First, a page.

In 2017, due to massive violence and genocide committed by the Myanmar army with the help of radical Buddhist populace, hundreds and thousands of Rohingyas fled to Bangladesh thus creating a massive refugee crisis. This is the highest number of refugees in the world. Bangladeshi Prime Minister Sheikh Hasina, being sympathetic to the repressed and persecuted Rohingyas has ordered to open country’s borders with neighboring Myanmar. Later, under her leadership, Bangladesh made all-out efforts in getting international support in resolving the crisis. But, until now, there are no such actions initiated by the international community except mere lip-service.
On the Rohingya crisis, unfortunately, China and India are clearly standing behind repressive Myanmar authorities, which has possibly forced Bangladesh government in reaching into a controversial arrangement with Myanmar. Diplomatic analysts are seeing this written arrangement as suicidal, since the terms are ambiguous and impractical as Dhaka was insisting repatriation of the refugees within 24 months. Moreover, Dhaka did not consult any international organization or the Rohingya refugees before penning this arrangement. Many Rohingyas were apprehensive of hastily forced repatriation.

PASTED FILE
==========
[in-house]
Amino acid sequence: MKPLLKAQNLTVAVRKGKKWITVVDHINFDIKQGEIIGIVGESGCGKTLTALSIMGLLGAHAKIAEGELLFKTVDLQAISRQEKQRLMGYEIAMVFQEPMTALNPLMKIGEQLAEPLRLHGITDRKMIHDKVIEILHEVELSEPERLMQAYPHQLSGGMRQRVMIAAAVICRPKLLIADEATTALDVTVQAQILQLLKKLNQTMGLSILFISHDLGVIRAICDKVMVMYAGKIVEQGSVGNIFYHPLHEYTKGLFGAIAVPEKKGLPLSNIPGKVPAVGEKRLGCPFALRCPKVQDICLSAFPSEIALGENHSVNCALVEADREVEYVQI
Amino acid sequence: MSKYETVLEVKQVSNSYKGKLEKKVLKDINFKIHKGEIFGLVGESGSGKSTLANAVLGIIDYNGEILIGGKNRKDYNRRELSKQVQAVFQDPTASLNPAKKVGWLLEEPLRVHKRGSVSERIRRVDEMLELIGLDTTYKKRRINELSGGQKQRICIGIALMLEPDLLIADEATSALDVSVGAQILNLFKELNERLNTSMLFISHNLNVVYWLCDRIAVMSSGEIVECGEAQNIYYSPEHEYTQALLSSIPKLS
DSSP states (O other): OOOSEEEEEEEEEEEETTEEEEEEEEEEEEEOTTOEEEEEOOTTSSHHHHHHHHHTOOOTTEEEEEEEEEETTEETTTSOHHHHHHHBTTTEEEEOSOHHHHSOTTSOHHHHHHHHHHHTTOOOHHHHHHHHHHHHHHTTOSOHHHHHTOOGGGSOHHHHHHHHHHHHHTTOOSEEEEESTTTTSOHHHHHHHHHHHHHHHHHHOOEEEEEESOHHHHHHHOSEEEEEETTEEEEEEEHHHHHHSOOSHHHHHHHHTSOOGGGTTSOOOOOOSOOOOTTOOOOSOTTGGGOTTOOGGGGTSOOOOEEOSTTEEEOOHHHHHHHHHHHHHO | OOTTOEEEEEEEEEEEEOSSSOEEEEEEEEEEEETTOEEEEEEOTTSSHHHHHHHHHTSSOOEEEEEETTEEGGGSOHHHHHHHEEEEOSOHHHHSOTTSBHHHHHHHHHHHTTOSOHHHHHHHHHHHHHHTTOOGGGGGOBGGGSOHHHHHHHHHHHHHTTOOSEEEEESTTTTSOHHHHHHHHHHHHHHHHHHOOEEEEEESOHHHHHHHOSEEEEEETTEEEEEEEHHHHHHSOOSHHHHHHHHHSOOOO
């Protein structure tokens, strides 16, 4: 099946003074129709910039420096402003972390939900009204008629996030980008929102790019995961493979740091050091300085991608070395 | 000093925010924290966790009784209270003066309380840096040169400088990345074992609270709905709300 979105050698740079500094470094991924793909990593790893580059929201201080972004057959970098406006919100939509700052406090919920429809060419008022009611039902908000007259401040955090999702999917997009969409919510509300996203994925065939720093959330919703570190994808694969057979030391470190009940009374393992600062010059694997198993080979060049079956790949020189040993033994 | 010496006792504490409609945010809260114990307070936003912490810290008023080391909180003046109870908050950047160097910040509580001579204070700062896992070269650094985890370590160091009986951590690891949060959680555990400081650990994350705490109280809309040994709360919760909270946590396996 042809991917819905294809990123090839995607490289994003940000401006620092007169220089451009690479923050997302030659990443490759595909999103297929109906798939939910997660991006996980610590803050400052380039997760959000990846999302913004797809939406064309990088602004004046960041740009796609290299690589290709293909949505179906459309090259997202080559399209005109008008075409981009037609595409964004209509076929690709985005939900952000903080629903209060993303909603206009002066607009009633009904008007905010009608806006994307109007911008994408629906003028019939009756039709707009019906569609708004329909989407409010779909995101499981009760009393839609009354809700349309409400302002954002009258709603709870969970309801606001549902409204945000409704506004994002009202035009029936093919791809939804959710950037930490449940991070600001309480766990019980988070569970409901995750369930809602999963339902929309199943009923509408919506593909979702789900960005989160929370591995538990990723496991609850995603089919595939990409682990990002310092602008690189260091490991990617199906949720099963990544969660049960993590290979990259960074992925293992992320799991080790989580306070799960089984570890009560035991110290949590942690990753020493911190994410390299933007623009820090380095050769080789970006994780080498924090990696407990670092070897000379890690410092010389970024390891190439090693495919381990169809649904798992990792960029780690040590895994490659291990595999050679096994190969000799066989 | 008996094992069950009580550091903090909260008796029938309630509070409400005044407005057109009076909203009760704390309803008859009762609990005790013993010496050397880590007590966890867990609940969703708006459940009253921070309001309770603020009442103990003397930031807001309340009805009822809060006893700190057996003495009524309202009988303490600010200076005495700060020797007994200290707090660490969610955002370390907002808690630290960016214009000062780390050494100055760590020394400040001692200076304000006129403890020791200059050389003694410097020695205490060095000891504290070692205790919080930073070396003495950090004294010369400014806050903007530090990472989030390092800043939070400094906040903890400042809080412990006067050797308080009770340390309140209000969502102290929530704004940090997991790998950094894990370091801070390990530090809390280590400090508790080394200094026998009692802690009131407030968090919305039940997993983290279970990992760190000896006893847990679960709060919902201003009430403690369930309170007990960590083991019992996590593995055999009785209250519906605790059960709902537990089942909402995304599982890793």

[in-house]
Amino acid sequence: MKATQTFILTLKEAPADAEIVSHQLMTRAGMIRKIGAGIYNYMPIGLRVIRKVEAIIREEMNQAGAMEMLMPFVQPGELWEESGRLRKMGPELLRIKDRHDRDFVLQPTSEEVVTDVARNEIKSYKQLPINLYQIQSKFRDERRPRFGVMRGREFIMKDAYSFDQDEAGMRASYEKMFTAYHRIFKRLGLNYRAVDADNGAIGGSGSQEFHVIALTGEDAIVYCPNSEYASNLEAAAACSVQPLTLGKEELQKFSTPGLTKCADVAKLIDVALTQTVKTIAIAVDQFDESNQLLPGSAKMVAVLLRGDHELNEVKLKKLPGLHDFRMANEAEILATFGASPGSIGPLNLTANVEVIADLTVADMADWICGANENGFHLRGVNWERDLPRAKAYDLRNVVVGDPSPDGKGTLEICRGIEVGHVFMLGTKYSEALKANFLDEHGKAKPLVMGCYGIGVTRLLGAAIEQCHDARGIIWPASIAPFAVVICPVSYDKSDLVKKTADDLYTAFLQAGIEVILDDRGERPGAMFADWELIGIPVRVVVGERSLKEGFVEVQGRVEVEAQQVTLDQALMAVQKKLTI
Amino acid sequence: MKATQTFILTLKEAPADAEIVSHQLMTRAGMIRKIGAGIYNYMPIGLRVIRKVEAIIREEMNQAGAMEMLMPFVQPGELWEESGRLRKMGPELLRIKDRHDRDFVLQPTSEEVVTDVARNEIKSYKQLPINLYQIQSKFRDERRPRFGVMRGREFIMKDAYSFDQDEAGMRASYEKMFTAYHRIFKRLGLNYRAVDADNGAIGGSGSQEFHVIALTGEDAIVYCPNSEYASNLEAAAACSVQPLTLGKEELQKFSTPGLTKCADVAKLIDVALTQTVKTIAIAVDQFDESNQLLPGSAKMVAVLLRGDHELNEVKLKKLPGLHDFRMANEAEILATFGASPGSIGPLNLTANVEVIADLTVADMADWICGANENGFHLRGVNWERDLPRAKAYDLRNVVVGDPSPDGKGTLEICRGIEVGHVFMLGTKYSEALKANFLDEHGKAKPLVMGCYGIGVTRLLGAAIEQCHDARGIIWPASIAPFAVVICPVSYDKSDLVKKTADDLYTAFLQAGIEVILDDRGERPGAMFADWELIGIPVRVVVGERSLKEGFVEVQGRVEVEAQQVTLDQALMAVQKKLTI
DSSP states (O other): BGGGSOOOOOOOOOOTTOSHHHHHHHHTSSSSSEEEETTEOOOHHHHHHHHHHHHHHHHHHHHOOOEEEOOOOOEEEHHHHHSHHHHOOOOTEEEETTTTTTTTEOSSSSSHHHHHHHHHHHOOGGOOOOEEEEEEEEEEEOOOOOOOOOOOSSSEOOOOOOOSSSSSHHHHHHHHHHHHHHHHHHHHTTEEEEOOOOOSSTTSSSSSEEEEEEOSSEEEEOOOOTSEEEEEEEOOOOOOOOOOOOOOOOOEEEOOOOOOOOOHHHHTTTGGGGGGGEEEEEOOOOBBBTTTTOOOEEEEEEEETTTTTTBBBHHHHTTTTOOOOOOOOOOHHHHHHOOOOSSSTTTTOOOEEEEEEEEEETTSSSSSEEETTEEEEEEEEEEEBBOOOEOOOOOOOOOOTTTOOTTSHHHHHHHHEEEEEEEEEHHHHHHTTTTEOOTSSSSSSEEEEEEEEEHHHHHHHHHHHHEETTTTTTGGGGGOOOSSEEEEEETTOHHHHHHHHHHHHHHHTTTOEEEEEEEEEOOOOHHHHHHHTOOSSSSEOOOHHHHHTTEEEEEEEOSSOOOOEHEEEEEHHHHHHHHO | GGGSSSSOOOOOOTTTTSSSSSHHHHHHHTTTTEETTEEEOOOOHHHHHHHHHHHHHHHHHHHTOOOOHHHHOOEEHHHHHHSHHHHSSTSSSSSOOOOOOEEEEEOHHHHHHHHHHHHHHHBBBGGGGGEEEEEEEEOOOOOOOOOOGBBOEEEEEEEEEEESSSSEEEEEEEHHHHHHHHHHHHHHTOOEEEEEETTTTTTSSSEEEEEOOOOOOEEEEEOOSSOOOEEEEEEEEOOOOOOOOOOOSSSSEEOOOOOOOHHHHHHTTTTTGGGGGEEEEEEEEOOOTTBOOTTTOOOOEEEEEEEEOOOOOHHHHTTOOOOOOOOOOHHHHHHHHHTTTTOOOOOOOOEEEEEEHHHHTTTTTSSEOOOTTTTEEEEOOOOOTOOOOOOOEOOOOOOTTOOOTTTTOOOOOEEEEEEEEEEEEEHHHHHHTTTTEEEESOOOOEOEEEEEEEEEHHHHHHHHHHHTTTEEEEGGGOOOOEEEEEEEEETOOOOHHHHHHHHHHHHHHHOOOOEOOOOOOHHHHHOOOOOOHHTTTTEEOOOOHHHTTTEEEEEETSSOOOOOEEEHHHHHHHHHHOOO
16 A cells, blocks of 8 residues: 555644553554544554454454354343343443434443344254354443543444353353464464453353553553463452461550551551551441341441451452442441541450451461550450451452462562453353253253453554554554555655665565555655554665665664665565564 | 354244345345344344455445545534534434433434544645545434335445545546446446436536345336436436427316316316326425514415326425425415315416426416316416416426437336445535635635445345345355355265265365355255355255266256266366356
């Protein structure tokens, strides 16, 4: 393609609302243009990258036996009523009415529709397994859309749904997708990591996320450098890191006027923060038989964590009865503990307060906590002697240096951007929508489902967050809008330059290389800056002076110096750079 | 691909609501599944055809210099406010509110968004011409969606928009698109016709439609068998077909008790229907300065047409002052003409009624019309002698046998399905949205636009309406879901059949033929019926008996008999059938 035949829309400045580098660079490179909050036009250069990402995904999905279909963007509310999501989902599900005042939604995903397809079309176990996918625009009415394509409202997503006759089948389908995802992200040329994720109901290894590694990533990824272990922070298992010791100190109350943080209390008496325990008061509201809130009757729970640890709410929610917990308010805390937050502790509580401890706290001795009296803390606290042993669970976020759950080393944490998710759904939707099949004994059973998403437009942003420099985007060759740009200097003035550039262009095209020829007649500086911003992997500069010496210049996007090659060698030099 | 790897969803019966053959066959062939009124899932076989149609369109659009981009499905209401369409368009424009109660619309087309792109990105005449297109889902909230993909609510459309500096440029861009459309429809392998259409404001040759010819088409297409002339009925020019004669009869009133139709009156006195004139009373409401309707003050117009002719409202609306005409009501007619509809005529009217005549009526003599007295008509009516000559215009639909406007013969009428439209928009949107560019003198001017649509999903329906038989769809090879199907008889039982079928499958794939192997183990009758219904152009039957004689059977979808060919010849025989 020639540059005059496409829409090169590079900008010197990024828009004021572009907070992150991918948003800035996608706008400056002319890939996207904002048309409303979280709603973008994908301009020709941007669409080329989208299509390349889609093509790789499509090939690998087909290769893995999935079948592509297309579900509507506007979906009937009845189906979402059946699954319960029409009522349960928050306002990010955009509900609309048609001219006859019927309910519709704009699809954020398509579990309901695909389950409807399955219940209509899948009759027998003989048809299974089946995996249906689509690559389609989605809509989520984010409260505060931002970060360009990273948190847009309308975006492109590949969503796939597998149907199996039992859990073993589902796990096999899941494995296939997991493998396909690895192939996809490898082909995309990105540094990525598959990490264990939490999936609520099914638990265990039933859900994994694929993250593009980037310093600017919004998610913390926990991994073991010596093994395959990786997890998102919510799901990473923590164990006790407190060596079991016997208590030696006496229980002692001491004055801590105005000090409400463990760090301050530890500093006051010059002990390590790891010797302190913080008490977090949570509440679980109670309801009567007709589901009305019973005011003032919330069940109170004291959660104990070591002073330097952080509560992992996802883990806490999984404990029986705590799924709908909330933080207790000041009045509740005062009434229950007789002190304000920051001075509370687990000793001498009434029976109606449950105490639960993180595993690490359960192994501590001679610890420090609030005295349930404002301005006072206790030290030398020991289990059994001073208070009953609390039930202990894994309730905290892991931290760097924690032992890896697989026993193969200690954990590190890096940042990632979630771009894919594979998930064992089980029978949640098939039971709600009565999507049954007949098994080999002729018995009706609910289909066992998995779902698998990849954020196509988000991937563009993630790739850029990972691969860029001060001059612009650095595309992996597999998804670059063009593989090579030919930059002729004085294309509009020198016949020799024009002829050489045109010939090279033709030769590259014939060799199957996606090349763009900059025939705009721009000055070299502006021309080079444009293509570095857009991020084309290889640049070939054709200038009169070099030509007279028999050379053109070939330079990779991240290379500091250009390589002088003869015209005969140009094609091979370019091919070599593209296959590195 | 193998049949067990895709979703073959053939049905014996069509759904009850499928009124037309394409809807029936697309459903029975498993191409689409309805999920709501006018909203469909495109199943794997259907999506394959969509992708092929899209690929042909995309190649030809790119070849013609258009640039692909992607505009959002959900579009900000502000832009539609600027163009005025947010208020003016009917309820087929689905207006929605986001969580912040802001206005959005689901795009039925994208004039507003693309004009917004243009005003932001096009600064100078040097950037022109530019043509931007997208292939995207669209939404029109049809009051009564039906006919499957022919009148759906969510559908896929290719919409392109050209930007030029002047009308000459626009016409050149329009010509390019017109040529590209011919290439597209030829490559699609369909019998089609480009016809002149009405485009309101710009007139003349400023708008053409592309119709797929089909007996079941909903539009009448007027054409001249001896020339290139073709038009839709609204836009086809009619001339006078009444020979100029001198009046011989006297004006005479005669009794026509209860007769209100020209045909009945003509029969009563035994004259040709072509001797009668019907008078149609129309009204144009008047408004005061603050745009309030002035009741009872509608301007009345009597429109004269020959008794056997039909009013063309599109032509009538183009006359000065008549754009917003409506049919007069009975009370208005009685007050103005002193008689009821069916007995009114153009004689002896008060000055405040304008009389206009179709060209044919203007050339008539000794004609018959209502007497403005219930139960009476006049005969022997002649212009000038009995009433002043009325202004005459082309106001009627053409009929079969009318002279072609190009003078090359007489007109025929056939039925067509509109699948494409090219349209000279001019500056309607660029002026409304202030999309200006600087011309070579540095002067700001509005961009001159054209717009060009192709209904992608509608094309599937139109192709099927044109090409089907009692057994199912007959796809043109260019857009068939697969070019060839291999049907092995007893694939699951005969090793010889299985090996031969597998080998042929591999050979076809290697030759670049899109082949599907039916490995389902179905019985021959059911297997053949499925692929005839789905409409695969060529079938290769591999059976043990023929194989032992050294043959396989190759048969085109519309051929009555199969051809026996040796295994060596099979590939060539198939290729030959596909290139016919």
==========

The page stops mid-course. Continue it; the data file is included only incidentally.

The Arakan Rohingya Salvation Army (ARSA), an Islamist militancy group, whose attacks on Burmese security posts triggered the Myanmar army’s indiscriminate “clearance operations,” has already pledged to continue its insurgent campaign against what it calls “Burmese state-sponsored terrorism.” The Bangladeshi security establishment is concerned both that ARSA will try to recruit within camps, and that it will use the camps as a base for cross-border fighting.
There had always been a big question about any connections between ARSA and regional or international terrorist organizations such as Al Qaeda, Islamic State, Lashkar-e-Taiba (LeT), Joish-e-Mohammed (JeM), etc. On January 23, 2017, Al Qaeda in the subcontinent issued a declaration urging Bangladeshi Muslims to mount an armed rebellion in support of the Rohingyas. A similar statement had also been repeated by other militancy groups.
The United Nations termed it as “ethnic cleansing” of Rohingya in Myanmar while the Army over there said that military action is against terrorists and that they are not averse to civilians. Unqualified Rohingya refugees are unacceptable as they are regarded as a burden on the economy. A majority of the Buddhist community in Myanmar considers Rohingyas as illegal Bengali migrants. No citizenship rights were given to the Rohingyas and numerous restrictions were imposed on them. Rohingyas are Sunni Muslims and have fought for an independent country in the past. In 1947 and 1971, they struggled to join East Pakistan and Bangladesh respectively.